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We Can Do This: The COVID-19 Public Education Campaign in English, Spanish

We Can Do This campaign covid-19 prevention vaccine

You've probably seen or heard this phrase a lot recently: "We can do this." That's the slogan for the U.S. Department of Health & Human Services' "We Can Do This" / "Juntos Sí Podemos" COVID-19 Public Education Campaign. This national initiative aims to increase public confidence in uptake of COVID-19 vaccines and other basic prevention measures, such as mask wearing and social distancing. The "We Can Do This" campaign materials are in English, Spanish, and more. The campaign also has a "live" event series that pairs medical experts with prominent influencers to share information to help people feel confident about getting the vaccine. The events occur in the places where people already consume content, including social media, podcasts, and YouTube. The effort is ...

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Washington D.C. Might Pass Major Sugary Drink Tax

Sugary Drink Tax Washington Pass

Sugary drinks contribute to obesity, diabetes, and other health issues. This is why many U.S. cities are trying to reduce the consumption of sodas, juices, sports drinks, and other high-sugar beverages by raising their price through sugary drink taxes. They then use the tax revenue to pay for local health programs. Washington, D.C. (11.3% Latino), which already has a type of sugary drink tax, could transition to an even stronger sugary drink tax with its Nutrition Equity Act. “Our lowest-income neighborhoods have the most limited access to healthy drinks and full-service grocery options,” said Dr. Federico Asch, a cardiologist and president of the American Heart Association Greater Washington Region Board of Directors. “We have a huge problem where, for example, many kids ...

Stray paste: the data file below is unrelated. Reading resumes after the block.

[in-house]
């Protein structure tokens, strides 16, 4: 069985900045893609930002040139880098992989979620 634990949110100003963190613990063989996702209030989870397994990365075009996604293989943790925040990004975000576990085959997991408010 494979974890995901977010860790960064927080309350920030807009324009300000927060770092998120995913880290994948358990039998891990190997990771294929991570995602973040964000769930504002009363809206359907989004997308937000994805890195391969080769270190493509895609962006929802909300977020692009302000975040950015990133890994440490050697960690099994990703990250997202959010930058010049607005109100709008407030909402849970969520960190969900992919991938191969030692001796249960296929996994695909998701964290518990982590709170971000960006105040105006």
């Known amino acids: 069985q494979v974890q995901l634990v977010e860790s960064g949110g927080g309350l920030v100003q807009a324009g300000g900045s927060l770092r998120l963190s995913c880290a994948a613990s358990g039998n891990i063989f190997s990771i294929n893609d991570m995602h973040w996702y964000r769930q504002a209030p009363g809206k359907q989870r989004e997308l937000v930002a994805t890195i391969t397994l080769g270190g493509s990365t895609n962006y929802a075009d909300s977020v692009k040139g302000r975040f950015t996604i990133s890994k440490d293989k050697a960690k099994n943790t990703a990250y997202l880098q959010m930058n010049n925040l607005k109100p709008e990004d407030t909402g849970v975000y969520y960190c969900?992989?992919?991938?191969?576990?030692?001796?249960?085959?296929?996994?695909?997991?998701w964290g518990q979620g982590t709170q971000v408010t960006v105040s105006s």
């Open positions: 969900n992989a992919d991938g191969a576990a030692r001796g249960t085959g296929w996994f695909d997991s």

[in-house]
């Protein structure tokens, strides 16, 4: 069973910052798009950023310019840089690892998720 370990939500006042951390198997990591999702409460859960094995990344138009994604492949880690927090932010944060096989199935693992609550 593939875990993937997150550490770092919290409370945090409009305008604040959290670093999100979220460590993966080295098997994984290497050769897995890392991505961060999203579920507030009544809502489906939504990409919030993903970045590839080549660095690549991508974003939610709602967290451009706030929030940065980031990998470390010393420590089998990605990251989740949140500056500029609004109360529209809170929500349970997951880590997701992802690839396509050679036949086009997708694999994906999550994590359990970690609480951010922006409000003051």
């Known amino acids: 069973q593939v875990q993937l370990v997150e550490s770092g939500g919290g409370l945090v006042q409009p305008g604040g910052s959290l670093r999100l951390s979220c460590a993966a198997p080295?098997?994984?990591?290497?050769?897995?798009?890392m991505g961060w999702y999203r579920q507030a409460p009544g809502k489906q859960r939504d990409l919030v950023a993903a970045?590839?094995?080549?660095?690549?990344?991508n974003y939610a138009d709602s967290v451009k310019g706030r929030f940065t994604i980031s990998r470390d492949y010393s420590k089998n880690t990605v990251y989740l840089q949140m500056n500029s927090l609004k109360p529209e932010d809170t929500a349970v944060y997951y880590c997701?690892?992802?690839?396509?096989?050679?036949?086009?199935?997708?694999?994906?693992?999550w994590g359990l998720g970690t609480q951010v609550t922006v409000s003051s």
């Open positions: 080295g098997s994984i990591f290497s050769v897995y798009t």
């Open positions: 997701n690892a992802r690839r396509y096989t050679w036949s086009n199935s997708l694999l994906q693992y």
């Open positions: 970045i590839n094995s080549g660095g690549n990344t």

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Report: Access to Nature Improves Health Outcomes

Access Nature Improves Health Outcomes

After spending most of the last year indoors, Latinos and all Americans are ready to experience the world around us, again — including spending much-needed time outdoors. Not only is the prospect of walking on trails, hiking, camping, and other recreational activities exciting, it will lead to better health outcomes. People’s access to places such as parks, trails, as well as other green spaces is correlated to increased levels of physical activity and other positive health effects, according to new research from Stanford University. “Nature experience boosts memory, attention and creativity as well as happiness, social engagement and a sense of meaning in life,” said Gretchen Daily, senior author on the paper and faculty director of the Stanford Natural Capital Project. ...